The team also began working on a new feature that will change the way players restock their ships at rest stops. All missiles, flares, and chaffs will be replaced via a proper shopping flow, which will allow the team to separate the pricing for each item. This will result in higher prices for restocking, though insurance prices and timers will be adjusted accordingly.
Vehicle Features dedicated some of the month to developing tech that will help share IFCS code with other movement-heavy systems. One example of this is zero-gravity EVA movement, which will eventually use similar code to IFCS as the two are heavily related. This also allows the team to utilize the wealth of AI logic and navigation code first written for ships. This code sharing will also be used for missiles, further unifying and simplifying the various types of code that deal with movement in space.
October also featured a lot of work on the transit system, as upcoming landing locations require special behaviors for transit carriages.
Work also went towards displaying ship names and serial numbers on the sides of ships.
“Most of the underlying tech has been completed; we’re now connecting things up and making the whole thing work. We also found a way to assign serial numbers to ships that weren’t given them at purchase.” -The Vehicle Features Team
Continuing with last month’s Merlin/Constellation work, UI to aid docking was completed. Various issues relating to persistence were also resolved, enabling the Merlin and Constellation to spawn as a pair. The team are now working through the more minor tasks in a push to call the feature “finished.”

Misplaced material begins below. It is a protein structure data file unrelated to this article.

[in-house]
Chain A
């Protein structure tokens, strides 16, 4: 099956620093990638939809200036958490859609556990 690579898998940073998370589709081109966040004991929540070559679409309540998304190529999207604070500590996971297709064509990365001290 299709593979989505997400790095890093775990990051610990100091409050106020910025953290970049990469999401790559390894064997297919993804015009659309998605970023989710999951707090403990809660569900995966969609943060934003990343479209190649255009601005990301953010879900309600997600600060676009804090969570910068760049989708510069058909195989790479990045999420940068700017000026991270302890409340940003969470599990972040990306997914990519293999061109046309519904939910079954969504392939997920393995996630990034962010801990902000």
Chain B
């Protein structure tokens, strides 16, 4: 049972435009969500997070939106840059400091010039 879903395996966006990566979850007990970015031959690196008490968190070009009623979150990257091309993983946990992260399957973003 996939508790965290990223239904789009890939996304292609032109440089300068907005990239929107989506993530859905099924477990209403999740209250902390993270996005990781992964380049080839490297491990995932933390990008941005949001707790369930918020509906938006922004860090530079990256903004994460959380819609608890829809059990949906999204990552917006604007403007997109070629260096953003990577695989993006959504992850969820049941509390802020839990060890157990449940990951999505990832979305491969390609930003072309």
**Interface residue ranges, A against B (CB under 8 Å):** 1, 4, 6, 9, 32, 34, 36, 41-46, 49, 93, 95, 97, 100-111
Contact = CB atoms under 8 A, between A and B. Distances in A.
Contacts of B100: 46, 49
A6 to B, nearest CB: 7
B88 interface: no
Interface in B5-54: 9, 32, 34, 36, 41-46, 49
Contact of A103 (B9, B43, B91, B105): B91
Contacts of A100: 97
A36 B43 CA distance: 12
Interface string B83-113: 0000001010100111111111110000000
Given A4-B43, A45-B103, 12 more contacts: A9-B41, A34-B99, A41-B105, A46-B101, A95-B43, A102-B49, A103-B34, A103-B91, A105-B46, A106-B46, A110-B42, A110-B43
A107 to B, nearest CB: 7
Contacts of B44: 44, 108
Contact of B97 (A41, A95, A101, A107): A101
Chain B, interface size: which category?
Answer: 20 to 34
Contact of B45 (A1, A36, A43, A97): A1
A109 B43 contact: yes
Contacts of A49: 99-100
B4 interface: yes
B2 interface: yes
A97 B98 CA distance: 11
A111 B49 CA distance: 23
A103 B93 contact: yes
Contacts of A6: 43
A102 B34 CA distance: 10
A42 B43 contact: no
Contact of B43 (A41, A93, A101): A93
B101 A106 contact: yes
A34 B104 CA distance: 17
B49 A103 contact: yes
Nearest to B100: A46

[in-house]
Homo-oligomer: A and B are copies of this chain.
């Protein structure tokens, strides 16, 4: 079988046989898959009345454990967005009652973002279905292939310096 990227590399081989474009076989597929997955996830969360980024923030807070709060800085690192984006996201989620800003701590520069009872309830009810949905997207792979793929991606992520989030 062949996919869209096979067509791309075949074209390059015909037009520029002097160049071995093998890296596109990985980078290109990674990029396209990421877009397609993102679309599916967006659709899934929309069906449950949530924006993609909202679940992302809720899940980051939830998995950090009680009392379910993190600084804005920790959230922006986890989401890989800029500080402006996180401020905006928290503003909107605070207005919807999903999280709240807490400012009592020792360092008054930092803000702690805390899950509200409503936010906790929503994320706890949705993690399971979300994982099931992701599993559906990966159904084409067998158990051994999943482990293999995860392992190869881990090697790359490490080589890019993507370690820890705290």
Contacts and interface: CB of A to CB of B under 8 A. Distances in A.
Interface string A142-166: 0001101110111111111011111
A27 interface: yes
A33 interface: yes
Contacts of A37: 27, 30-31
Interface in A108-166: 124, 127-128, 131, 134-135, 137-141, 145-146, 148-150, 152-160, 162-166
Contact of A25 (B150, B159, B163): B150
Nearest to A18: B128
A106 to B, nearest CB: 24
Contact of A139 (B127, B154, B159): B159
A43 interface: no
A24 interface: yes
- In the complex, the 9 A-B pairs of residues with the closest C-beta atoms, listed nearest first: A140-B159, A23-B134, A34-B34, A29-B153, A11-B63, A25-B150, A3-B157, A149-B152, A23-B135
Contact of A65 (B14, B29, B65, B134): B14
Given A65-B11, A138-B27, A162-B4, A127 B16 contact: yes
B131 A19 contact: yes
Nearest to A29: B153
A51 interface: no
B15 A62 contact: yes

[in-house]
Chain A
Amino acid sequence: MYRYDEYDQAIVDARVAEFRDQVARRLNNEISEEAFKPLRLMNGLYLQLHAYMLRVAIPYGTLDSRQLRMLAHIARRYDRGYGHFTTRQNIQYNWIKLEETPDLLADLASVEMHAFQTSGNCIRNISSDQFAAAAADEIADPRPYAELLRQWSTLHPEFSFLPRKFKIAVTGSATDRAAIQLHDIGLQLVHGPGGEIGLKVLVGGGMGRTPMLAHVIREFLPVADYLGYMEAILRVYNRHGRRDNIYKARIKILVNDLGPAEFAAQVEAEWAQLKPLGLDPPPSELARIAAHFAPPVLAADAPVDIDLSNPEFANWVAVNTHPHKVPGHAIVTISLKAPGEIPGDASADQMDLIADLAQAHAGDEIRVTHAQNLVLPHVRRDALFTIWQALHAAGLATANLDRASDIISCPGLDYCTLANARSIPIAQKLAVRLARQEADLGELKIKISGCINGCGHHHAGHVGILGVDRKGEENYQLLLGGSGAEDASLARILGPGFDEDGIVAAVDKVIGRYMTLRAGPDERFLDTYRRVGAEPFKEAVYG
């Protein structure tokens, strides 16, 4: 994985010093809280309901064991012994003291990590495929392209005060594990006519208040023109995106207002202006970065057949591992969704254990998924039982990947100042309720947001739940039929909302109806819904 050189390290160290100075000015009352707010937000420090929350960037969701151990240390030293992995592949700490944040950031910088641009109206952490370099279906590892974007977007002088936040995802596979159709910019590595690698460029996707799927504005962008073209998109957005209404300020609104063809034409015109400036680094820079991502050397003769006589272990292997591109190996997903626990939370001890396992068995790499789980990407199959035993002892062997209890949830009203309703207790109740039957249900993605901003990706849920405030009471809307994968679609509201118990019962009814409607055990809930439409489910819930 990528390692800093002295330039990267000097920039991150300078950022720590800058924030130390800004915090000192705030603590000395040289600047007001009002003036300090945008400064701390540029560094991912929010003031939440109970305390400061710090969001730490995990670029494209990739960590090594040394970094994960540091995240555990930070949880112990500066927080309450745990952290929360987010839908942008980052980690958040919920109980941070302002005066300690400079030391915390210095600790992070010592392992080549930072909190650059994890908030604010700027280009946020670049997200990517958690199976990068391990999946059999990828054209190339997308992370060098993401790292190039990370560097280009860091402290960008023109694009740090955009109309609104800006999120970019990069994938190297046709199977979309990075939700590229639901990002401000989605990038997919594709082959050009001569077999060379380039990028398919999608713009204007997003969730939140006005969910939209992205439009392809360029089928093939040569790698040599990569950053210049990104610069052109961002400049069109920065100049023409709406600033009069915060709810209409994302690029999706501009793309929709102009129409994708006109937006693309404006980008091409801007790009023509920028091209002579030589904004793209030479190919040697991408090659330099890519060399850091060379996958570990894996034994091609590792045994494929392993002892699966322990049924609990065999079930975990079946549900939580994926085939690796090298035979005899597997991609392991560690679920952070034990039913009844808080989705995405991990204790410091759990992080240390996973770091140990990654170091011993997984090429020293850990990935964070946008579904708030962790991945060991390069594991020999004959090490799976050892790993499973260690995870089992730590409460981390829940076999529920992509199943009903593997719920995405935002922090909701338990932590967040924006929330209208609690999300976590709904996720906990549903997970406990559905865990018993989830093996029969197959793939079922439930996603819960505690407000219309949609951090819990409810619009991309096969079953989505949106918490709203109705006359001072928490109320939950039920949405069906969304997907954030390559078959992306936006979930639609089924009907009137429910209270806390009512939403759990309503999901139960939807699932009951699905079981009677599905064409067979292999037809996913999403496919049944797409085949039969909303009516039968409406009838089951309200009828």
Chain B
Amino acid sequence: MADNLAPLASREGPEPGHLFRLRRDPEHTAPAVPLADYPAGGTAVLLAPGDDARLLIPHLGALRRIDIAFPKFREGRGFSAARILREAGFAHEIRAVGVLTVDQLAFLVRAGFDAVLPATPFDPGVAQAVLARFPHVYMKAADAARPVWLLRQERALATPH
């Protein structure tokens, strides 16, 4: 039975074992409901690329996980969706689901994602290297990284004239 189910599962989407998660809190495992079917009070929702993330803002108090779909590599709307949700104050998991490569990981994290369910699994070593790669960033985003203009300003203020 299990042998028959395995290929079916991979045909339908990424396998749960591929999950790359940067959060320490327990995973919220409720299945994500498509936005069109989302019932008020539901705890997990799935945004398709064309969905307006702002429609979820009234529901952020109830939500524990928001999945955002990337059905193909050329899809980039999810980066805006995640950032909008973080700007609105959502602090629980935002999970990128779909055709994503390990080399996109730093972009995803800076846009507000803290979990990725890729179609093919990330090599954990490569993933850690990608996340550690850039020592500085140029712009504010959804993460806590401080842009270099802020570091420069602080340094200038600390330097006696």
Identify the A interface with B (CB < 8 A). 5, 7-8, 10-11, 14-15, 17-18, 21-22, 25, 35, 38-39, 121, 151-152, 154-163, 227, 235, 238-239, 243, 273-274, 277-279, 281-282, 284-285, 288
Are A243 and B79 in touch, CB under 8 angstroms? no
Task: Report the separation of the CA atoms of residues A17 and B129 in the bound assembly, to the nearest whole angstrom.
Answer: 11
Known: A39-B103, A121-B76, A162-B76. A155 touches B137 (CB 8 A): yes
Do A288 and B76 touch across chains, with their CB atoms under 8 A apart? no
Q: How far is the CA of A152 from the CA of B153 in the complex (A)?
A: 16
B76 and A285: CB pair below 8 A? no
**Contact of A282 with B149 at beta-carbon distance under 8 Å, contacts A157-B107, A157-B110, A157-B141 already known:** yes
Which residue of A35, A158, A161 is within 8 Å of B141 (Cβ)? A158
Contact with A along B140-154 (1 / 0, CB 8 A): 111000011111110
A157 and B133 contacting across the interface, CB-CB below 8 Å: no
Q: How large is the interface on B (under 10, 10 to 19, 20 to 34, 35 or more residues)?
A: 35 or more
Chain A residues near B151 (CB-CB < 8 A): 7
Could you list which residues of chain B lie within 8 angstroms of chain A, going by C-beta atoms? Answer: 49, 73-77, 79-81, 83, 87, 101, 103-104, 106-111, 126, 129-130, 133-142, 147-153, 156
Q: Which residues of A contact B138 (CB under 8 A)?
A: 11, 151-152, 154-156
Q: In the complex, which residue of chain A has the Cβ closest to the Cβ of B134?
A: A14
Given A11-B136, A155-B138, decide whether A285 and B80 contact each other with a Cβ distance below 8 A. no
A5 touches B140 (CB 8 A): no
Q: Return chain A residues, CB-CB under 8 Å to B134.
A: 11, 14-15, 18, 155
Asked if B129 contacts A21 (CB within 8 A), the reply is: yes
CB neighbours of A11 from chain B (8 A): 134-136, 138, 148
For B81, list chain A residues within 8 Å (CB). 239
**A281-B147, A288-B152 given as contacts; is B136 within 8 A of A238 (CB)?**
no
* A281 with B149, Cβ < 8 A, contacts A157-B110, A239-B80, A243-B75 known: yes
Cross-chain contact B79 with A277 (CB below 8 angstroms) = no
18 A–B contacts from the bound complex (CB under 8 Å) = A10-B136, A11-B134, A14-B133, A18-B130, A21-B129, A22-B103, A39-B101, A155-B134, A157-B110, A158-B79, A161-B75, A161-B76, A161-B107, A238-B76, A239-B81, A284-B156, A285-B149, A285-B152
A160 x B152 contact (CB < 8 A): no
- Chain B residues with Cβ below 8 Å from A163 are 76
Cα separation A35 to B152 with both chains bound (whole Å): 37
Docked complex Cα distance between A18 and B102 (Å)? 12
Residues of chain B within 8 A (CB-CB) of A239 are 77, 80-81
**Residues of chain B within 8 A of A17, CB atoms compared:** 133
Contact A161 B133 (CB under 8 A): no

The Graphics Team delivered the iridescent shader mentioned in last month’s report. This effect simulates color shifts based on the camera angle relative to the surface, allowing anisotropic effects similar to those seen in exotic car paints. Shader optimizations and look-up textures were used to reduce the cost of this feature to the point it can be widely used without performance concerns.
The light-beam shader was also worked on, which underwent significant quality improvements and bug fixes. This feature helps the team simulate distant beams of light when they are beyond the range that can be simulated by the volumetric fog system.
Work also continued on the Gen12 renderer and the automated testing system.
October saw the Lighting Team focus a bit on the new IAE location.
“A set of completely redesigned halls in the existing Hi-Tech art style means a whole new way of lighting the annual expo. We’re very excited for the community to explore and experience the IAE this year!” -The Lighting Team